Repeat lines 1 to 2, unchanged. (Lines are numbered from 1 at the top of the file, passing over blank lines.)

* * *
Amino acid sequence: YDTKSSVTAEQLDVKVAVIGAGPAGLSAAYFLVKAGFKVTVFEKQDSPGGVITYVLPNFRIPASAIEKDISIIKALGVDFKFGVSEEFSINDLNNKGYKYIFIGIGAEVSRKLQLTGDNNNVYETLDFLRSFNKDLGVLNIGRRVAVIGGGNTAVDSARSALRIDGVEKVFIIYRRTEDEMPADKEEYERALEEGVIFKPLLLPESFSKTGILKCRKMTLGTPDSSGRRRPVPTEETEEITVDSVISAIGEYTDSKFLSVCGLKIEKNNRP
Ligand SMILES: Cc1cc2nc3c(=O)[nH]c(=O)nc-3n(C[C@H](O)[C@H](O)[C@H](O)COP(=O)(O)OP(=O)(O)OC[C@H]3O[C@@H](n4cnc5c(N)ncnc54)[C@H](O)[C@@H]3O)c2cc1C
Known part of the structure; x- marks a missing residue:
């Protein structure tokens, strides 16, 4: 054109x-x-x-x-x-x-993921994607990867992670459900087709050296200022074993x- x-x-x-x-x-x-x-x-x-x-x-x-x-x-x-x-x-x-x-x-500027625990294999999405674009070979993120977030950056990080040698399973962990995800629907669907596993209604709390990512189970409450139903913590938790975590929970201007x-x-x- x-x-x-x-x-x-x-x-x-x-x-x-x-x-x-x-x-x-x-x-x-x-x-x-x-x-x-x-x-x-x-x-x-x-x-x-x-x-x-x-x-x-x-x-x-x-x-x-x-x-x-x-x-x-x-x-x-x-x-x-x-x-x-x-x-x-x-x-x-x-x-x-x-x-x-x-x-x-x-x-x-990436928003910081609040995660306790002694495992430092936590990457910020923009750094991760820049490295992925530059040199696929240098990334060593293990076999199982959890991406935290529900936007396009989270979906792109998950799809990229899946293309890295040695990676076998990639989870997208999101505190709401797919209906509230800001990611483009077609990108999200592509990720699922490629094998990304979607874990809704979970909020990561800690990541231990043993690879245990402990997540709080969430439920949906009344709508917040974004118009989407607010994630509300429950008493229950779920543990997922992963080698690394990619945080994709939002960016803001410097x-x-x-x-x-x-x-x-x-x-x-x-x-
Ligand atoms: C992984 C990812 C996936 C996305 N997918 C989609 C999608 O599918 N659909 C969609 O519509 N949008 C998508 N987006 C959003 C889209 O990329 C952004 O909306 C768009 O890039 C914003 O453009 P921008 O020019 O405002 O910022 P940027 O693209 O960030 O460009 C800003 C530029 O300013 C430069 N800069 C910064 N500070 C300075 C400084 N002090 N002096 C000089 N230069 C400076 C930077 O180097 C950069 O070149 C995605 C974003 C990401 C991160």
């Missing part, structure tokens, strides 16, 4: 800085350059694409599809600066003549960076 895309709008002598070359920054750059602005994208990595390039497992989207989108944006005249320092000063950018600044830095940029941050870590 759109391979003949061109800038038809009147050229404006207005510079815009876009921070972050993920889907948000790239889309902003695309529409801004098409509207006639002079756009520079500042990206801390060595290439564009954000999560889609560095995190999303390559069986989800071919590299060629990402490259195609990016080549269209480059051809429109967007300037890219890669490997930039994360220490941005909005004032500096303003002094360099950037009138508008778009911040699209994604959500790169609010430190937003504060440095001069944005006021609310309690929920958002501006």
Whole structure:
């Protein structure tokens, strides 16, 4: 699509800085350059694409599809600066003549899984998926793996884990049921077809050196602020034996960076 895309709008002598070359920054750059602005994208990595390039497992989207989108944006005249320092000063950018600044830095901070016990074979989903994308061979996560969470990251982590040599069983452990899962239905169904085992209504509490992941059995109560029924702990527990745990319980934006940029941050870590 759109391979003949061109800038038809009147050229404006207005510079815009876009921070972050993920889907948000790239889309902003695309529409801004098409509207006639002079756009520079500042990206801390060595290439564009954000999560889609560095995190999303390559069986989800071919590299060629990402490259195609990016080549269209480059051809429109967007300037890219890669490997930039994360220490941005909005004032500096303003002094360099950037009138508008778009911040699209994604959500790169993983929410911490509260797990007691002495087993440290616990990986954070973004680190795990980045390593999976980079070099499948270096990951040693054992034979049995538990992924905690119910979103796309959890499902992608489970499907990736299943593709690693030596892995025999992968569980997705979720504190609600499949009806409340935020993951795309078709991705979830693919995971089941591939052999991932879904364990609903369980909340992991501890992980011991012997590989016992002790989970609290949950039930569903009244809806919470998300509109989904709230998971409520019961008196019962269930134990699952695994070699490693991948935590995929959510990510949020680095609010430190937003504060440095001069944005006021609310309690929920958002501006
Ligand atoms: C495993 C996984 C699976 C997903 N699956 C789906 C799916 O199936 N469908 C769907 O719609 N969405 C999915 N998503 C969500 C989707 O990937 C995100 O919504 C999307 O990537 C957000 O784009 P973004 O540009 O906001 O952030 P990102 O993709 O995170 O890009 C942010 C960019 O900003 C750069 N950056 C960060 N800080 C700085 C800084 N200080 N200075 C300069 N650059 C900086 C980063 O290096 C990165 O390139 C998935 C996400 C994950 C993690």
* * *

Amino acid sequence: YDTKSSVTAEQLDVKVAVIGAGPAGLSAAYFLVKAGFKVTVFEKQDSPGGVITYVLPNFRIPASAIEKDISIIKALGVDFKFGVSEEFSINDLNNKGYKYIFIGIGAEVSRKLQLTGDNNNVYETLDFLRSFNKDLGVLNIGRRVAVIGGGNTAVDSARSALRIDGVEKVFIIYRRTEDEMPADKEEYERALEEGVIFKPLLLPESFSKTGILKCRKMTLGTPDSSGRRRPVPTEETEEITVDSVISAIGEYTDSKFLSVCGLKIEKNNRP
Ligand SMILES: Cc1cc2nc3c(=O)[nH]c(=O)nc-3n(C[C@H](O)[C@H](O)[C@H](O)COP(=O)(O)OP(=O)(O)OC[C@H]3O[C@@H](n4cnc5c(N)ncnc54)[C@H](O)[C@@H]3O)c2cc1C